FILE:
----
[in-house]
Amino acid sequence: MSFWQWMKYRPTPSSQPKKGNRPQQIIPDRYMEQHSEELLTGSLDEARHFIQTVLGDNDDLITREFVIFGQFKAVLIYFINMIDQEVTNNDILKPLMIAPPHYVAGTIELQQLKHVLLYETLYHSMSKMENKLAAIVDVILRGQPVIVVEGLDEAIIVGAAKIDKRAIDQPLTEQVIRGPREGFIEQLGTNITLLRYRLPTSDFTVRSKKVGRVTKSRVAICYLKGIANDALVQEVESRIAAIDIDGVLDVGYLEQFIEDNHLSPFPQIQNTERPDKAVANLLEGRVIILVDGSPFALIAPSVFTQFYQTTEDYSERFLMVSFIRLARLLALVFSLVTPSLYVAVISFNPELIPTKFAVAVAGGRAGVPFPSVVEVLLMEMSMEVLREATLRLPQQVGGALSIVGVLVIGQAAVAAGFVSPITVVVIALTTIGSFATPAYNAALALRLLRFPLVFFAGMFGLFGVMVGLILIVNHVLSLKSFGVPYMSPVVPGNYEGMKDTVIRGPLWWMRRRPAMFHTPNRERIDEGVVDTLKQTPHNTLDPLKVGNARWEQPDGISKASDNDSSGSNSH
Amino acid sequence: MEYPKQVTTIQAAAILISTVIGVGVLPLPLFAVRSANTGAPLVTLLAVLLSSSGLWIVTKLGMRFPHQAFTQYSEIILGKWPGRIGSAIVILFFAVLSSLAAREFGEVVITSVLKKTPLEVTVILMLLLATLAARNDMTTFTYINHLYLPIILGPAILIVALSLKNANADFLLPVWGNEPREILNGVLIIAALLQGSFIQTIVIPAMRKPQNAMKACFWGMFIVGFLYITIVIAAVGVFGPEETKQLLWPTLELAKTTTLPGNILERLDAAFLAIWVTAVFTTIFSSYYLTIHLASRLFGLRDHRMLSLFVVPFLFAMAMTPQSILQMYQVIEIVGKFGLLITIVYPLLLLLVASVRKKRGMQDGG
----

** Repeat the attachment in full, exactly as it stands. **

[in-house]
Amino acid sequence: MSFWQWMKYRPTPSSQPKKGNRPQQIIPDRYMEQHSEELLTGSLDEARHFIQTVLGDNDDLITREFVIFGQFKAVLIYFINMIDQEVTNNDILKPLMIAPPHYVAGTIELQQLKHVLLYETLYHSMSKMENKLAAIVDVILRGQPVIVVEGLDEAIIVGAAKIDKRAIDQPLTEQVIRGPREGFIEQLGTNITLLRYRLPTSDFTVRSKKVGRVTKSRVAICYLKGIANDALVQEVESRIAAIDIDGVLDVGYLEQFIEDNHLSPFPQIQNTERPDKAVANLLEGRVIILVDGSPFALIAPSVFTQFYQTTEDYSERFLMVSFIRLARLLALVFSLVTPSLYVAVISFNPELIPTKFAVAVAGGRAGVPFPSVVEVLLMEMSMEVLREATLRLPQQVGGALSIVGVLVIGQAAVAAGFVSPITVVVIALTTIGSFATPAYNAALALRLLRFPLVFFAGMFGLFGVMVGLILIVNHVLSLKSFGVPYMSPVVPGNYEGMKDTVIRGPLWWMRRRPAMFHTPNRERIDEGVVDTLKQTPHNTLDPLKVGNARWEQPDGISKASDNDSSGSNSH
Amino acid sequence: MEYPKQVTTIQAAAILISTVIGVGVLPLPLFAVRSANTGAPLVTLLAVLLSSSGLWIVTKLGMRFPHQAFTQYSEIILGKWPGRIGSAIVILFFAVLSSLAAREFGEVVITSVLKKTPLEVTVILMLLLATLAARNDMTTFTYINHLYLPIILGPAILIVALSLKNANADFLLPVWGNEPREILNGVLIIAALLQGSFIQTIVIPAMRKPQNAMKACFWGMFIVGFLYITIVIAAVGVFGPEETKQLLWPTLELAKTTTLPGNILERLDAAFLAIWVTAVFTTIFSSYYLTIHLASRLFGLRDHRMLSLFVVPFLFAMAMTPQSILQMYQVIEIVGKFGLLITIVYPLLLLLVASVRKKRGMQDGG